Wednesday, October 05, 2005

In the news: Right to die.

The Supreme Court hears arguments in a Right to Die case, in which an individual state's right to determine whether people have a right to assisted suicide hangs in the balance.

Again we are faced with a question of law that really turns on your own personal epistemology. If you believed that God created you, if you really believed you had a purpose, if you really believed it was a sin to murder yourself and that a suicide victim's soul would suffer far more than whatever suffering caused their desire to die... If you really believed all this, then HOW COULD YOU support suicide in any form?

On the other hand, if you believe that we are all a wonderful chemical accident - that life is here for a short time to be lived and loved and lost forever - totally free, undeserved but also un-judged - that you go nowhere when you die except back to the elements from which you came...if you believe that consciousness is a chemical reaction in a noodle soup called The Brain...then HOW COULD YOU DENY a person's right to end their life however they choose whenever they choose?

My observation: Our views of the world are rooted in our fundamental belief about the truth of our origins. Our divisions are natural products of those beliefs.

My opinion: Our society cannot stand on one side or the other, but must promote the freedom of each to choose his or her own destiny, so far as it does not impact the life and rights of another. However, it does not follow that any government (state or federal) has the right to enact any law to actually help someone follow their respective choice or to allow another citizen to do so.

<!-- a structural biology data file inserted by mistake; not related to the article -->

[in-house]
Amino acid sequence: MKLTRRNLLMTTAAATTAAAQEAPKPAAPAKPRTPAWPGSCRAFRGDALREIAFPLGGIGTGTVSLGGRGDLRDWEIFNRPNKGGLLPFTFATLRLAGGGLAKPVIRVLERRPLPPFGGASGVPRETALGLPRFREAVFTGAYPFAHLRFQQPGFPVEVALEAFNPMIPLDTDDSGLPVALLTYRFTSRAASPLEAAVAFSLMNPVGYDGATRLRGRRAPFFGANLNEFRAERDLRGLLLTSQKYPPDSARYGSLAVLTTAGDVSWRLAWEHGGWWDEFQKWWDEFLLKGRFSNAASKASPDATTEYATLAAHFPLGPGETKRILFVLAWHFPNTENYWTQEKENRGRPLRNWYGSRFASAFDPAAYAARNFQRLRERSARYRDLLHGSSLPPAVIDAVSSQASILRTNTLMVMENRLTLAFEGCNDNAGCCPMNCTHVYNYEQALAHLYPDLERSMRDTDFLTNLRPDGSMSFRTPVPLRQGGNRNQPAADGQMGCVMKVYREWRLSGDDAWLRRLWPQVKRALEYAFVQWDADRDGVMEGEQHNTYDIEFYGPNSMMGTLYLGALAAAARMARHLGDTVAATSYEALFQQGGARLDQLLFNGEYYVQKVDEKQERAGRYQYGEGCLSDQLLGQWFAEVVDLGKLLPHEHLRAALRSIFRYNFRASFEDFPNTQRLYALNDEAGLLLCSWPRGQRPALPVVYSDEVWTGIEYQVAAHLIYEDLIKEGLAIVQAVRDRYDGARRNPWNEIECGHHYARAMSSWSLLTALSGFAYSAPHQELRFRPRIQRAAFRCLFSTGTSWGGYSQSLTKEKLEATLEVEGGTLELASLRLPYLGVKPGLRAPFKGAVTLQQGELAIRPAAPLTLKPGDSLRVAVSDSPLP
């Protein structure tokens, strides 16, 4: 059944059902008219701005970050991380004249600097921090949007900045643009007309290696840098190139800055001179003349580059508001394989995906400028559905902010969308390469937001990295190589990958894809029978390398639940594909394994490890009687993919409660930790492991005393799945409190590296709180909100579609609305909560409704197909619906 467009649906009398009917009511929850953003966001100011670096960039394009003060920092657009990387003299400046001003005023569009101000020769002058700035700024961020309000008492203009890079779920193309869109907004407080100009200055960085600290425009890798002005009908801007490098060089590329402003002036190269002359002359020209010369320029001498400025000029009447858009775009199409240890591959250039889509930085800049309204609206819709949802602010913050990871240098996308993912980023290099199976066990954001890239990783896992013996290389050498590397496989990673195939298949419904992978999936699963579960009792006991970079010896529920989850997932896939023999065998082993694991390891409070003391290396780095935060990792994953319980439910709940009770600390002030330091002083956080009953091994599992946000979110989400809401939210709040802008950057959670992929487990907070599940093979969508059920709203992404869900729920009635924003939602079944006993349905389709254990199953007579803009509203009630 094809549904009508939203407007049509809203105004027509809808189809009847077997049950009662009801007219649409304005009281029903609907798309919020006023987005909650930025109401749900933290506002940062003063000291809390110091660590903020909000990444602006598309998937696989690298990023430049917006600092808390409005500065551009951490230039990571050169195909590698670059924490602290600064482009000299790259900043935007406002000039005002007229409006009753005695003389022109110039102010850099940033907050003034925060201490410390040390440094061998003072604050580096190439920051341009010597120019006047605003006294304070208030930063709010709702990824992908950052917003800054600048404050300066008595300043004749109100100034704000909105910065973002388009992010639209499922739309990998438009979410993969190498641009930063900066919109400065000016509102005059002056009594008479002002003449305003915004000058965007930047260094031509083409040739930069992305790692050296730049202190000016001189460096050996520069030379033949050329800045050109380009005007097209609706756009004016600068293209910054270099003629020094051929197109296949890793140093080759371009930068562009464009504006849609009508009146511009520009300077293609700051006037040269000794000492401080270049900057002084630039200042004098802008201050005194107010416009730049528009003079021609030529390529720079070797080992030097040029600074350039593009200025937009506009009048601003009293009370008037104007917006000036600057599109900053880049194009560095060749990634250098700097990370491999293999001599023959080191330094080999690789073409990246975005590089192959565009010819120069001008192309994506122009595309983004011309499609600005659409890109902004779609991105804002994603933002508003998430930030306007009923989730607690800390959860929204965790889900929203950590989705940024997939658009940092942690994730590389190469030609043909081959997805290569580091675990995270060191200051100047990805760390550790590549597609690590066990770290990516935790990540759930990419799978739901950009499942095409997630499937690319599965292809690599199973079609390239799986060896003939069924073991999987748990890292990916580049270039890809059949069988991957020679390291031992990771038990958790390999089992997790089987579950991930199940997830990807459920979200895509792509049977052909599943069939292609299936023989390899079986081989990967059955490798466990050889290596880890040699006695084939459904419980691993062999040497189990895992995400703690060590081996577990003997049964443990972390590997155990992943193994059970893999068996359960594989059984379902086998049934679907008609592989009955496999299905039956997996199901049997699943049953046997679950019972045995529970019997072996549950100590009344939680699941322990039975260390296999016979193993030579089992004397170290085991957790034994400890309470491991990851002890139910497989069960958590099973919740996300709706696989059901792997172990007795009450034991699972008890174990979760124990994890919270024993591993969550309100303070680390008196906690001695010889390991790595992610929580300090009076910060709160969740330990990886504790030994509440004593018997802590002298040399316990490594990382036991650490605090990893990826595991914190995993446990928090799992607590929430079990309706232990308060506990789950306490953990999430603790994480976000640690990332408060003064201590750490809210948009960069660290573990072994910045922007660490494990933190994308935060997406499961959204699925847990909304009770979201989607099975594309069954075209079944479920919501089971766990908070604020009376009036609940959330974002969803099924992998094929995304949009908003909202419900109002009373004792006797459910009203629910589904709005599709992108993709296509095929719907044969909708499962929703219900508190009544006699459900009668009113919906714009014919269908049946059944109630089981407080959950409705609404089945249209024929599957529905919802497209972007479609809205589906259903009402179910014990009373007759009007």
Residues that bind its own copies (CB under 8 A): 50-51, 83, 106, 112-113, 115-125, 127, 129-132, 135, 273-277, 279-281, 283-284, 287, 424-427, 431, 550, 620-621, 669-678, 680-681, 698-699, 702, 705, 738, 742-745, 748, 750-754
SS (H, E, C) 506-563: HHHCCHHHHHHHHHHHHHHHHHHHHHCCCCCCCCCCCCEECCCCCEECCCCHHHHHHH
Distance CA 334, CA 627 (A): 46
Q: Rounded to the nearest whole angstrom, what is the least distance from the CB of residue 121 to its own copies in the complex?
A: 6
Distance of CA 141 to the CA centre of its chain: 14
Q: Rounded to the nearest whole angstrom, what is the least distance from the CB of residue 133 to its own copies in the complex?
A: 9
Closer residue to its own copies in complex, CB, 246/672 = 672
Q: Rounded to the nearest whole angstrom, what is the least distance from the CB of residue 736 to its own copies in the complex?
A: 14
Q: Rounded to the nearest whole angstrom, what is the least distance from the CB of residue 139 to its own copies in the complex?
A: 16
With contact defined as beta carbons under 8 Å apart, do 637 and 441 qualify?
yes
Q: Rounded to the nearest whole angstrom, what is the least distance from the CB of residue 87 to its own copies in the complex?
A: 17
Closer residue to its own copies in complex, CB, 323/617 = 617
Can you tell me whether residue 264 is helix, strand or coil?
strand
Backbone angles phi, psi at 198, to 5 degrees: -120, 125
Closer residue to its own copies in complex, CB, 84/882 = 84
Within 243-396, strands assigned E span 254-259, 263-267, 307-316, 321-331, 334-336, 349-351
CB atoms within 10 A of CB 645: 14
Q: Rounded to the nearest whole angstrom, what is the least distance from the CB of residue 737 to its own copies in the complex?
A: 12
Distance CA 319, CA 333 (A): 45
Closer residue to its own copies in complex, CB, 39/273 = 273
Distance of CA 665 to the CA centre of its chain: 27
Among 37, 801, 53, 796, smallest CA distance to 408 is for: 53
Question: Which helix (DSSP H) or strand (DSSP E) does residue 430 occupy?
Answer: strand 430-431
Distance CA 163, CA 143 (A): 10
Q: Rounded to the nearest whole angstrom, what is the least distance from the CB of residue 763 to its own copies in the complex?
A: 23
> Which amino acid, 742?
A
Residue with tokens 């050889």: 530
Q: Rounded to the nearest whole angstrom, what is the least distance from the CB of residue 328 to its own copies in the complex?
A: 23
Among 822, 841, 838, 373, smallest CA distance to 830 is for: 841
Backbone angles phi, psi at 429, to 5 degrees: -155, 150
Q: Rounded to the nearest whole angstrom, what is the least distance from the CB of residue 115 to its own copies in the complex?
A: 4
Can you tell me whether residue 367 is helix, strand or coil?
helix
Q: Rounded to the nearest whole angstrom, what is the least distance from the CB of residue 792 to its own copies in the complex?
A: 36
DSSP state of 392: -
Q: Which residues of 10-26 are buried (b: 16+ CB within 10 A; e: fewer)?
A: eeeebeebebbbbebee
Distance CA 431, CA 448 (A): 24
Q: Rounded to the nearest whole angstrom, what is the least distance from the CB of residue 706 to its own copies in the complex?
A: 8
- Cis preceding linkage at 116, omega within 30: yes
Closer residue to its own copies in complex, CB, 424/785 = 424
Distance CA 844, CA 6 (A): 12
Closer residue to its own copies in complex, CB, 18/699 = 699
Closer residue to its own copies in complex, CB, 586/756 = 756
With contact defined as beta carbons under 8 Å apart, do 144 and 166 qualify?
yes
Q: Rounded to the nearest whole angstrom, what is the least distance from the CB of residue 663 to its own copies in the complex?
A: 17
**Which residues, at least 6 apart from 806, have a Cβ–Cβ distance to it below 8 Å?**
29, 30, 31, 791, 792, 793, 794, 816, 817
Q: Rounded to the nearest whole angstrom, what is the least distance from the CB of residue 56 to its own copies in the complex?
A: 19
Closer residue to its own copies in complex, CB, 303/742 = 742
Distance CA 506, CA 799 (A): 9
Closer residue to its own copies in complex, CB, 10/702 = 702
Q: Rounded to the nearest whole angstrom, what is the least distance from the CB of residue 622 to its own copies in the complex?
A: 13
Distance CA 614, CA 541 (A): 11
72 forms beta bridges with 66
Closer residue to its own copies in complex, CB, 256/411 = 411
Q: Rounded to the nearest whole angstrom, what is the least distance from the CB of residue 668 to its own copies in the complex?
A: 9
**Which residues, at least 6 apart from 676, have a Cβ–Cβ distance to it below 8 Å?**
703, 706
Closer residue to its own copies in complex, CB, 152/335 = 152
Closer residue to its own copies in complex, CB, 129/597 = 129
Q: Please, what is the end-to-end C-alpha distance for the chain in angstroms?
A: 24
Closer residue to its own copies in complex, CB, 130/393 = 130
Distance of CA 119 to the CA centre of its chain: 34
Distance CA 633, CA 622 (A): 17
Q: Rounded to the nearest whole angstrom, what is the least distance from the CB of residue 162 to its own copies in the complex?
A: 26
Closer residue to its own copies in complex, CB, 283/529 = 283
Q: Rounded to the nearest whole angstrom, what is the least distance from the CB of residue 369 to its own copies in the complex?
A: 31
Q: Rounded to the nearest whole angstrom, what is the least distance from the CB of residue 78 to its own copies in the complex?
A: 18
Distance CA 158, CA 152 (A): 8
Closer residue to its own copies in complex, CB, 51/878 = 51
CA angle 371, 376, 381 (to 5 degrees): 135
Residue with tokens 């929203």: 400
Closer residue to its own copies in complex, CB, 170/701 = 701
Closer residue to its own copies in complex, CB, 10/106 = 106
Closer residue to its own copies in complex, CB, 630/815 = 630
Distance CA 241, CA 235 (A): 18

1 comment:

Jerry Carter said...

Ah, but your opinion reveals the truth in a word, "society". How, in the later case, can an argument be made for a stable society where people are encouraged to live their lives totally as they personally see fit? That is what I am sure you reconise as the text book definition of anarchy (though in practice anarchy has come to be practiced in quite an organized fashion). To have a stable society that has as its aim the enrichment of every member, life must be valued above the wayward individual's desire to commit suicide.

The impact of free suicide on demand, as we have seen with abortion on demand, has the inexcapable and likely possibility of abuse in many forms. We can not and should not encourage free choices that take lives. There are always options, whether theraputic or psychiatric, to suicide.

To promote assisted suicide it is to promote a society that does not value individuals, a society that in effect allows people to believe that they are no longer wanted. History does not long suffer such societies.